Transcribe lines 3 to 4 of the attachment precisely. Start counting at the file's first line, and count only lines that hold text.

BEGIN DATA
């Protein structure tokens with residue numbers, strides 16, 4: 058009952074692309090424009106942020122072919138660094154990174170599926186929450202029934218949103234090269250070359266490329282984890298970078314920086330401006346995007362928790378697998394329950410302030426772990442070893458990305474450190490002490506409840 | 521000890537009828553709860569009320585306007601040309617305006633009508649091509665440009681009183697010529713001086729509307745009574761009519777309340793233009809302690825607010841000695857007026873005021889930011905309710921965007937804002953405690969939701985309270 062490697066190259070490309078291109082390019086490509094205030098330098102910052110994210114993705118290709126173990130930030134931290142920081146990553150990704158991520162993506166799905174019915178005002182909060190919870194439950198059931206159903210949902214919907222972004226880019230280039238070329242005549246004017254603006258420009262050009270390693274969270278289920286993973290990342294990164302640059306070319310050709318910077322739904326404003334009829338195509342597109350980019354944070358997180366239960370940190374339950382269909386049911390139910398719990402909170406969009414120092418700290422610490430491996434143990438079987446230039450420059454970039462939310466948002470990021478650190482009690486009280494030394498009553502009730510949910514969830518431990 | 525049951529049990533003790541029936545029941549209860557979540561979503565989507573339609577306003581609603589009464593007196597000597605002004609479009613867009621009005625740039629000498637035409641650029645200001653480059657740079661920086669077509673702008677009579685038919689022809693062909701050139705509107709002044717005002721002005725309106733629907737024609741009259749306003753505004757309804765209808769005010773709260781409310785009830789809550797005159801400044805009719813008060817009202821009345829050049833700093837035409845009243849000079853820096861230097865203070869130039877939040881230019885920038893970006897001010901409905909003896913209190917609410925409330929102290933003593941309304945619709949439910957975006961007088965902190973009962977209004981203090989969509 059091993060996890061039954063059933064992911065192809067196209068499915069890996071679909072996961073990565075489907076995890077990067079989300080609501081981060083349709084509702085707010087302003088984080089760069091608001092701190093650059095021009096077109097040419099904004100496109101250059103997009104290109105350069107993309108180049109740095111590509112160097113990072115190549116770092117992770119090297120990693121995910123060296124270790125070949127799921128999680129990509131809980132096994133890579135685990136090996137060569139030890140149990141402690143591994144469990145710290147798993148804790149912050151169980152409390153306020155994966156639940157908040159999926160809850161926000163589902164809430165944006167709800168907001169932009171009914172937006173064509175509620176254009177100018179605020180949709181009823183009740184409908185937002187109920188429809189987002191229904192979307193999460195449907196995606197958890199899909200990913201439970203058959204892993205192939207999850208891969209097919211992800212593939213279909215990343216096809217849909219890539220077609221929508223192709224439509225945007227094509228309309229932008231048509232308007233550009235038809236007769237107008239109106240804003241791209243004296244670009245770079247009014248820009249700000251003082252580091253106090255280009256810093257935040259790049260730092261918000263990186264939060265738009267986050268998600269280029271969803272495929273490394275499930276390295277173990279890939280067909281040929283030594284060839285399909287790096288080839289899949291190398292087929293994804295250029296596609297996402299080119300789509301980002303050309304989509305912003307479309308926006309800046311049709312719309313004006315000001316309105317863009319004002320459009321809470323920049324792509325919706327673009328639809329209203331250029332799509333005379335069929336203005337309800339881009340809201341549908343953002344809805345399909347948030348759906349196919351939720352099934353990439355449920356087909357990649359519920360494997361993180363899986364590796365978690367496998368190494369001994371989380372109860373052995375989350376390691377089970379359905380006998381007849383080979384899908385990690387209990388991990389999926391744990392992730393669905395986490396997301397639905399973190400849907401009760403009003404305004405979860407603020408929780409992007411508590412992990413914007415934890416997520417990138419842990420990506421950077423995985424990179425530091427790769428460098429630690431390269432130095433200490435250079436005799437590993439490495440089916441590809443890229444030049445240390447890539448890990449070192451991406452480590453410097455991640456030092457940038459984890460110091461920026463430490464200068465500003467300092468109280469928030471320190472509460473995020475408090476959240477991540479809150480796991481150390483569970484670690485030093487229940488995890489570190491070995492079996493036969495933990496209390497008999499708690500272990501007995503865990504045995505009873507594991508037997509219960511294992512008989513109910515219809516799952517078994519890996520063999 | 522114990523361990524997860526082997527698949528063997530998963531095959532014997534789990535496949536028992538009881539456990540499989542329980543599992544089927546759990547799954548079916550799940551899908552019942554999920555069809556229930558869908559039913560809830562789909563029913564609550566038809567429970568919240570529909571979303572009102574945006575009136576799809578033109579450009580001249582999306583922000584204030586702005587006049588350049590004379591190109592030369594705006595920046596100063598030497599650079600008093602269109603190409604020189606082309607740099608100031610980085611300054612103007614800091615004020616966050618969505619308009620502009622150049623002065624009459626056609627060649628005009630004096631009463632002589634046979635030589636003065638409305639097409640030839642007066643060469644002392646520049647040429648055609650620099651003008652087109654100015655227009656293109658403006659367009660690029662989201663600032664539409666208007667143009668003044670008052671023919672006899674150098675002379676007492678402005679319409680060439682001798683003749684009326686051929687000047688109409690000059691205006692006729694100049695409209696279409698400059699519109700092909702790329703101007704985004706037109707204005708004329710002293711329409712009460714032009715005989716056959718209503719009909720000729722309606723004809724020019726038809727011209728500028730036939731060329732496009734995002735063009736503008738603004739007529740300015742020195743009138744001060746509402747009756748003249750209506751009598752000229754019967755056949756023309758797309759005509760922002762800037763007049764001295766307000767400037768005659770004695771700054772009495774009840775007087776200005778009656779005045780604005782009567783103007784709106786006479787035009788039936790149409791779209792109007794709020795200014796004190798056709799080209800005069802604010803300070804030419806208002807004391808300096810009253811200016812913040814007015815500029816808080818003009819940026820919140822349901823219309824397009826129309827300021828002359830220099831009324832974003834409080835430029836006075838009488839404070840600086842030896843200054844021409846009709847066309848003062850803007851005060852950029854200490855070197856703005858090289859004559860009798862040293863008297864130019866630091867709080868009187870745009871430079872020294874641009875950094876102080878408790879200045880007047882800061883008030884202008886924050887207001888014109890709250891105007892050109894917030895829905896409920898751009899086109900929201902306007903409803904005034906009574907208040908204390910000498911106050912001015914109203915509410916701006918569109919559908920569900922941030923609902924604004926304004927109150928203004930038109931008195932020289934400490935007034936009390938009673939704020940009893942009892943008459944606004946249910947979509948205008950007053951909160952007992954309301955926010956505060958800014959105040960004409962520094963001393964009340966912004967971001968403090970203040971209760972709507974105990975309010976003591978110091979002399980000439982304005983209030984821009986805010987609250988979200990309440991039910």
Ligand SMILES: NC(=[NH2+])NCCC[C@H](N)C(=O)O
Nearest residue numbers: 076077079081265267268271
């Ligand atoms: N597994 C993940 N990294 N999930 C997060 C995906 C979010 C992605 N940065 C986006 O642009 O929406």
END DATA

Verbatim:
Nearest residue numbers: 076077079081265267268271
């Ligand atoms: N597994 C993940 N990294 N999930 C997060 C995906 C979010 C992605 N940065 C986006 O642009 O929406």